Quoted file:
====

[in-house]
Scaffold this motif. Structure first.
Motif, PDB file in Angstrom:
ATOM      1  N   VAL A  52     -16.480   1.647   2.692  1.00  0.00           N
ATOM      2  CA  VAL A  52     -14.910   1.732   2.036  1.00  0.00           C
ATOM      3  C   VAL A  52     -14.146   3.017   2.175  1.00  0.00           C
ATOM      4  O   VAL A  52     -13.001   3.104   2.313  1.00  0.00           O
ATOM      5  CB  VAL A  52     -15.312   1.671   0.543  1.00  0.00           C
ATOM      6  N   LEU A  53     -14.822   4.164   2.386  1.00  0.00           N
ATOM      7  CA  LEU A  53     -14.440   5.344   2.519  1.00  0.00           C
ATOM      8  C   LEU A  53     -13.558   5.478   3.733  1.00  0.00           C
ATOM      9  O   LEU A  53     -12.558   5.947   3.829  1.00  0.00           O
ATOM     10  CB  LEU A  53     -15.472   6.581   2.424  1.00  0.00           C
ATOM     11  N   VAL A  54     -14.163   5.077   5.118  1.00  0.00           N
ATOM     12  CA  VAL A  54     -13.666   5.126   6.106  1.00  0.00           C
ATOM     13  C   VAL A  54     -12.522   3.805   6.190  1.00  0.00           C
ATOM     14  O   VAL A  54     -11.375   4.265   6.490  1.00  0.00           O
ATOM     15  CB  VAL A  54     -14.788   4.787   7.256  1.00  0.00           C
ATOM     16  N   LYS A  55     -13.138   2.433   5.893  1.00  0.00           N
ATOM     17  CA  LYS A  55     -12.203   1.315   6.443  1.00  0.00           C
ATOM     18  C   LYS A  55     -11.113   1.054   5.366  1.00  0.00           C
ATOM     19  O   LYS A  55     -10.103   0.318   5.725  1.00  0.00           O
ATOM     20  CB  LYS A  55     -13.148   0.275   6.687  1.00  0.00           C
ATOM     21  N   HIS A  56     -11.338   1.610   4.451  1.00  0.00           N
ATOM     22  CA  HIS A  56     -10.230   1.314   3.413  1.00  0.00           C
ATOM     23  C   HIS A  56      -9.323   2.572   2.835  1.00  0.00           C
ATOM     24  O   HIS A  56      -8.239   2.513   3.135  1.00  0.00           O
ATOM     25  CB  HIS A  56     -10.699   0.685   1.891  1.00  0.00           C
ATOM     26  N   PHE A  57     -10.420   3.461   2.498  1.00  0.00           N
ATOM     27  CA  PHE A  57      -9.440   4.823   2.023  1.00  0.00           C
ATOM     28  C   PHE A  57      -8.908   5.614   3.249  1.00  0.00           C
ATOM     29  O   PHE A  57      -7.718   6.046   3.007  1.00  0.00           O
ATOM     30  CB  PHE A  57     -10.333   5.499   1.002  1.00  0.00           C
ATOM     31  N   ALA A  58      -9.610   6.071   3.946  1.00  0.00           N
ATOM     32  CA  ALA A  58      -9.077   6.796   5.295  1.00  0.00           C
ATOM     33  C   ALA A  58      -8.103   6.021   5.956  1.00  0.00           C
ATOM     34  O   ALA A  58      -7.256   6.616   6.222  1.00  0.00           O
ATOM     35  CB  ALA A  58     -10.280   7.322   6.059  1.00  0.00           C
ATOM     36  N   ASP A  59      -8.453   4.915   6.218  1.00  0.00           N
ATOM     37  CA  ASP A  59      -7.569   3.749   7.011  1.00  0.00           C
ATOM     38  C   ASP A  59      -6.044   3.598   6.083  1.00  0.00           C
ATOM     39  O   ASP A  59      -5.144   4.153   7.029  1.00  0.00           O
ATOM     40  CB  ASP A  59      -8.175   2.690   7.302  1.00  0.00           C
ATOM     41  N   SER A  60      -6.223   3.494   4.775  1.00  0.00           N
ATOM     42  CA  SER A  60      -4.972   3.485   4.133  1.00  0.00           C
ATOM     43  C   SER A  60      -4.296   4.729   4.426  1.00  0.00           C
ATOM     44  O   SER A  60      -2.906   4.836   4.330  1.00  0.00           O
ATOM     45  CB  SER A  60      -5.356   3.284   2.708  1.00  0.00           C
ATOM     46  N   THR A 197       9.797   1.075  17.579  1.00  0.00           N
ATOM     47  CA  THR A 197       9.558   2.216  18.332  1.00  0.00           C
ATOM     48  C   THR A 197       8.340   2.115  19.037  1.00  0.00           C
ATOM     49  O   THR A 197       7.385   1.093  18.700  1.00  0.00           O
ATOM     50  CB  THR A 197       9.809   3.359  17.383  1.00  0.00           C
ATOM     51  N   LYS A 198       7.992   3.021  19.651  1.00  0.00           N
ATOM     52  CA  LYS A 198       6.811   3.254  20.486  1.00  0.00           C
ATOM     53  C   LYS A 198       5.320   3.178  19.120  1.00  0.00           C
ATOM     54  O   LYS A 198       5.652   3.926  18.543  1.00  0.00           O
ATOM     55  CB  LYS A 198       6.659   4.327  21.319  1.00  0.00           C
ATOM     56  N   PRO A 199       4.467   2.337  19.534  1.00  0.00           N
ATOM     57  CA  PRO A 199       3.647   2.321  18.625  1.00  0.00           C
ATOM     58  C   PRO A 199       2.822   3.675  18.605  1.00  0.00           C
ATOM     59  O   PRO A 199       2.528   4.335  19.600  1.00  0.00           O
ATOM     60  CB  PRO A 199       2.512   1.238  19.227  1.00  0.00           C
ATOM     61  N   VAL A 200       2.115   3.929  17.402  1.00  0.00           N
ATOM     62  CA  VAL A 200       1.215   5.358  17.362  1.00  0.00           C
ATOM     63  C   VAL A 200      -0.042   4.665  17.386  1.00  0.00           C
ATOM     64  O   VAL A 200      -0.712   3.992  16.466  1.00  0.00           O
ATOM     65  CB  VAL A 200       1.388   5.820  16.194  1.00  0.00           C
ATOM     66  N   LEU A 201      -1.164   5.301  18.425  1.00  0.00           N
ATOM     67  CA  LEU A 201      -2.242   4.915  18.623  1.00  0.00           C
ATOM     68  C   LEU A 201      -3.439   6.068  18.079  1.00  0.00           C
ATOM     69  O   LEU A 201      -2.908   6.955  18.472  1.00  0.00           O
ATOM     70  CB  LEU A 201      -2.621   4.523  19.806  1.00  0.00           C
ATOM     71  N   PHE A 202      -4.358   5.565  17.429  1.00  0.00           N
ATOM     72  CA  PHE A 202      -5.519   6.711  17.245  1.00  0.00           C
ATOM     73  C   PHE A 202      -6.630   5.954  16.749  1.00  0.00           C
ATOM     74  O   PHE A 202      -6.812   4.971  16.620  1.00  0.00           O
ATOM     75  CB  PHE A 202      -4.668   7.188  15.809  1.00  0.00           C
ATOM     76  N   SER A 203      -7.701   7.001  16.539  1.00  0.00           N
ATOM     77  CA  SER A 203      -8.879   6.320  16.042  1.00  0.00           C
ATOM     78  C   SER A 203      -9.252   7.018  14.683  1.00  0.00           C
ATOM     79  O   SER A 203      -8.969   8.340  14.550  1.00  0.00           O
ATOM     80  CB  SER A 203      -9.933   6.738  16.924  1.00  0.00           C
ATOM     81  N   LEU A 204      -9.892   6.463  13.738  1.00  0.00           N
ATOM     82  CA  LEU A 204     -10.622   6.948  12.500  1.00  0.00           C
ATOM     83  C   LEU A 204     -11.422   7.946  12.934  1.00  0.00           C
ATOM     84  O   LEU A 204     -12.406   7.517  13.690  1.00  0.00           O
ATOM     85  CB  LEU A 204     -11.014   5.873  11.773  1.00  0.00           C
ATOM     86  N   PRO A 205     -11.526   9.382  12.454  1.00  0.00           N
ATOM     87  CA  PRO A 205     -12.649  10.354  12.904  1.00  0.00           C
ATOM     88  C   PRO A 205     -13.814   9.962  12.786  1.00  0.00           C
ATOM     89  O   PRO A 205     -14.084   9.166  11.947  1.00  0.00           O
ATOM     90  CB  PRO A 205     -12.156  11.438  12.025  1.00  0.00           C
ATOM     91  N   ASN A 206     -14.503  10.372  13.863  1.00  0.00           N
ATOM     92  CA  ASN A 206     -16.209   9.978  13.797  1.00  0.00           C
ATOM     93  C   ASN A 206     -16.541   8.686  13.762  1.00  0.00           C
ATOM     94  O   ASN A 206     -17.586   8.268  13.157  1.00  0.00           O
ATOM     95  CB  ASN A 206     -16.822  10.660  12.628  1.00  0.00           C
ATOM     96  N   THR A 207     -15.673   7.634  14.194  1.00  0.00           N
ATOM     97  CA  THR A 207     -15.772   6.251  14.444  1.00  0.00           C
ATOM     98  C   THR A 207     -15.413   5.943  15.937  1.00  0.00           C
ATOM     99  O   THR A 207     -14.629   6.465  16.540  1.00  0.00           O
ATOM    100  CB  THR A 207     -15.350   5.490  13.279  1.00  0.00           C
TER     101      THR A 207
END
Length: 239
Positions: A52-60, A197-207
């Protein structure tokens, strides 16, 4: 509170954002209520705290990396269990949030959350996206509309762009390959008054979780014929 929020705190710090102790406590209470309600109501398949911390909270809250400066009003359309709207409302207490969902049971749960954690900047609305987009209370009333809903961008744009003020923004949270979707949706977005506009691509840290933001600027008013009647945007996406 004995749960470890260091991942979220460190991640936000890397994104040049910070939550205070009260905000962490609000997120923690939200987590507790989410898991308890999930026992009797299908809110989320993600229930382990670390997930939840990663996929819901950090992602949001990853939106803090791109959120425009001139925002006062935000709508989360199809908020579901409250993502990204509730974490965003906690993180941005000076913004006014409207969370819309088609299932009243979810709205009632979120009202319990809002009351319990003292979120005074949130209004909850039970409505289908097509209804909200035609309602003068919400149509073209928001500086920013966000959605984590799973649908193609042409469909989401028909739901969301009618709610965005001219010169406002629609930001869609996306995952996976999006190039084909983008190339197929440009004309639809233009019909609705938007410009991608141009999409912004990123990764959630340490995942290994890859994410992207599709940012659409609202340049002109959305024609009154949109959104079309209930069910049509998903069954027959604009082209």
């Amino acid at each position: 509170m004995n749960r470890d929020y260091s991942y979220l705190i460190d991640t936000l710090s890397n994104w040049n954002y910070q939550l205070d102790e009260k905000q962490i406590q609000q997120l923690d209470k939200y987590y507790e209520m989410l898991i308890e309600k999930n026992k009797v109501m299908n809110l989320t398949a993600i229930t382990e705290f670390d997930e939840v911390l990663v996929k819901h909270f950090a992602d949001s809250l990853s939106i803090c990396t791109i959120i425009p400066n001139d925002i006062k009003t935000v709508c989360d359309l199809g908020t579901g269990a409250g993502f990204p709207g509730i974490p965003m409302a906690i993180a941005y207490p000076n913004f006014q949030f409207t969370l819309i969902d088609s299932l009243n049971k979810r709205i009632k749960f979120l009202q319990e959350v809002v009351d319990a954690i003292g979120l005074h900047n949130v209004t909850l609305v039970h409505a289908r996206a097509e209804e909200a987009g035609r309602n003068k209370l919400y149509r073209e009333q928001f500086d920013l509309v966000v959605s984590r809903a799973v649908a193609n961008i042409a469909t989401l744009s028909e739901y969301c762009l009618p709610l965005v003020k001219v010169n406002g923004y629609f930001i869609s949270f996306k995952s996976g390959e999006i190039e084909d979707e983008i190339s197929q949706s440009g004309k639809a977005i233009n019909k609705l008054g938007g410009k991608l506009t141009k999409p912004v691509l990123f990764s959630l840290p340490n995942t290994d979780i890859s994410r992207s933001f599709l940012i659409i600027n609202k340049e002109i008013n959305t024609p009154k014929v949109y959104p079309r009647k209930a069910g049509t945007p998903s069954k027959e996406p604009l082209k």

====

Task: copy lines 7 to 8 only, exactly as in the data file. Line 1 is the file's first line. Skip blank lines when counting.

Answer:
ATOM      4  O   VAL A  52     -13.001   3.104   2.313  1.00  0.00           O
ATOM      5  CB  VAL A  52     -15.312   1.671   0.543  1.00  0.00           C